We Don’t Want to End Up Like the U.K
With new round of coronavirus closures, N.J. Gov. Murphy says. A day after officials in United Kingdom announced the country is rolling out a new round of coronavirus restrictions after an uptick in cases, Gov. Phil Murphy called on New Jersey to remain vigilant against the pandemic so the state doesn’t suffer the same fate. “Look, by the way, at what’s happening in the United Kingdom, where cases have been rising and restrictions are now back in place,” he added. “I desperately hope we don’t have to do that here.” “And the more we keep with our new routines,” Murphy continued, “the better our chances are that we keep our numbers low and dropping, and we keep moving forward. So, let’s do it.”
Restaurants Need to Brace for 18 More Months of Extreme Challenges
And the election is about to make things worse. Nearly 100,000 restaurants have closed across the US since the pandemic began, according to the National Restaurant Association. That’s roughly one in six of all restaurants across the country. And according to the association, 43% of full-service operators say it is unlikely their business will still be open in six months if conditions created by the coronavirus pandemic do not improve. Unfortunately, experts say that actual improvement is a long way off. Heading into the fall, restaurants will face new hurdles, including reduced unemployment benefits, colder weather, and people skipping on dining out because of the election.
Restaurant Buyers Fleeing to the Suburbs from the Cities
Are you kicking or sticking? Calls are coming in from restaurant, and bar owner/operators from New York City, Philadelphia, Jersey City, Hoboken, and the like. ‘Get me out of the city. What do you have for sale in the suburbs of New Jersey,’ were the essence of many of these calls. They had had enough. The pandemic was much worse in the densely populated metropolises, than in the suburbs. ‘I am looking for a safe place to live and to take care of my family; to start all over again,’ one caller uttered. Now, with outdoor dining coming to an end and occupancy limited to 25% indoors, New Jersey restaurant owners have a decision to make: (i) Do we sell at a ‘market-sensitive’ price or; (ii) do we hang in, pump more money into our businesses and endure to at least the end of 2021 to see if sales figures can match or exceed those from 2019.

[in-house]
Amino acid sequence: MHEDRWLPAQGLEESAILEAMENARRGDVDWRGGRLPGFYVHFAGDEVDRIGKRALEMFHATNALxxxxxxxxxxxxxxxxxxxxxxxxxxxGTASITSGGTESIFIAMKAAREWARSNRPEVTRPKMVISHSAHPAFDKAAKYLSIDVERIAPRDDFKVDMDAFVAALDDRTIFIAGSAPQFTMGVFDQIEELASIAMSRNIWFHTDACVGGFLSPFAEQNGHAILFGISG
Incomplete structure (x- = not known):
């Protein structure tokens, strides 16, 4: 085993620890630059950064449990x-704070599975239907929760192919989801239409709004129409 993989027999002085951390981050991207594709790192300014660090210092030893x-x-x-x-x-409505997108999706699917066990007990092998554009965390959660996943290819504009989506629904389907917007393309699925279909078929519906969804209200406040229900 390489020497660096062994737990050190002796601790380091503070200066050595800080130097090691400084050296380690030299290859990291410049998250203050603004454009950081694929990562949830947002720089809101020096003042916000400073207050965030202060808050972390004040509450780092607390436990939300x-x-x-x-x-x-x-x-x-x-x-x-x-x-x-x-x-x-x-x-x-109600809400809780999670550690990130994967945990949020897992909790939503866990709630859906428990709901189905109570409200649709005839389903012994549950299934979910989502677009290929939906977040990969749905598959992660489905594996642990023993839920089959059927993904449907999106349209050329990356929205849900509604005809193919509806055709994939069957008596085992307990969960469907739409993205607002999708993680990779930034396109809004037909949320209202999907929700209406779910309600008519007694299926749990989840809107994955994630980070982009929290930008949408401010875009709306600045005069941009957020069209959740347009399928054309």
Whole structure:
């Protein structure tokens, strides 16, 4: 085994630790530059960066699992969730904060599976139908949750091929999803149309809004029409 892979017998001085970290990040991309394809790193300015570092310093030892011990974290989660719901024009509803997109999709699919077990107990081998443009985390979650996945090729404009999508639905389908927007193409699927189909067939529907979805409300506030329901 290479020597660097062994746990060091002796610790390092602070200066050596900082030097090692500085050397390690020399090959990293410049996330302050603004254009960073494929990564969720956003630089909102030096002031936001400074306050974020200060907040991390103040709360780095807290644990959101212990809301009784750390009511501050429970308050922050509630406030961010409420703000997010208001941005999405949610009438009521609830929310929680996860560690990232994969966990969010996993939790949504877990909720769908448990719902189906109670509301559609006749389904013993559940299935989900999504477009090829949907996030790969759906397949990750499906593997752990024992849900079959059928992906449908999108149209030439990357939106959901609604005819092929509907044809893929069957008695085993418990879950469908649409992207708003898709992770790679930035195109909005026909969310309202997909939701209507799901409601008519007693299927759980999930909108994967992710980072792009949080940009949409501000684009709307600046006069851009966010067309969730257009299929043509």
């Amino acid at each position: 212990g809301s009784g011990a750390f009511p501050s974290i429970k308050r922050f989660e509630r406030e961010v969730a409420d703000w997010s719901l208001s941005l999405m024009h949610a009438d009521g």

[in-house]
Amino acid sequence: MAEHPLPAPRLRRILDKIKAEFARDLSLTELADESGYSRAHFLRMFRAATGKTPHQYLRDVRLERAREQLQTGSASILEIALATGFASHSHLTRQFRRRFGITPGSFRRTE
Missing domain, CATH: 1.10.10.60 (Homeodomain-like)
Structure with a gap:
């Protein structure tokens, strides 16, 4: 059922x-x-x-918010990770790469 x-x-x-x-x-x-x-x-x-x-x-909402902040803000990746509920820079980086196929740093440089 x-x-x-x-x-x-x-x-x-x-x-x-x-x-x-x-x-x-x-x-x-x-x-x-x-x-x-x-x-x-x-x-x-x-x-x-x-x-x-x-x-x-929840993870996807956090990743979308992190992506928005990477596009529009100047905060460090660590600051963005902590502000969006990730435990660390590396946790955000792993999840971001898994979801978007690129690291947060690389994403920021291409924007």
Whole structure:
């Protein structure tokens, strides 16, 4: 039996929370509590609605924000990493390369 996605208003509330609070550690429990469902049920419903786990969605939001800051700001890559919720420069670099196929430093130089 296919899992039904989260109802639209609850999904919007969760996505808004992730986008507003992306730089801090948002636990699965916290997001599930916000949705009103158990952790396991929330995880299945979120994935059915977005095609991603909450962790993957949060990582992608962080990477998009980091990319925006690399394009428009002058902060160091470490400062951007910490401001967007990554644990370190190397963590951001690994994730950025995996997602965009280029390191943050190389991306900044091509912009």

“Reopening” Isn’t Enough to Save Bars and Restaurants
The US needs a bailout. The federal government needs to be much freer with bailout money, and in exchange demand more restrictions on how bars and restaurants can operate. Right now bailout-phobia is damaging the economy and public health at the same time — with no real upside other than making the labor market statistics look superficially better. That emerging world of higher unemployment, higher prices, and reduced choice isn’t the one anyone wants. But all current American policymakers are doing to support the sector is encouraging risky public health behaviors.
Can Ghost Kitchens Bring Restaurants Back to Life?
Some say ghost kitchens are a solution. Many restaurants are starting to see the benefits of ghost kitchens, especially during the pandemic. Pre-coronavirus, 15% of operators reported using a ghost kitchen, according to research by Restaurant Business sister company Technomic and the National Restaurant Association. By May, an astounding 51% had turned to ghost kitchens for some or all of their delivery orders, Technomic found. “I would say that 60% of the restaurant industry pre-COVID-19 was kind of in an elementary school phase” in terms of understanding how off-premise works, said Jim Collins, CEO of Kitchen United, on an August webinar hosted by The Food Institute. “What COVID-19 really did is it forced us all to go to graduate school.”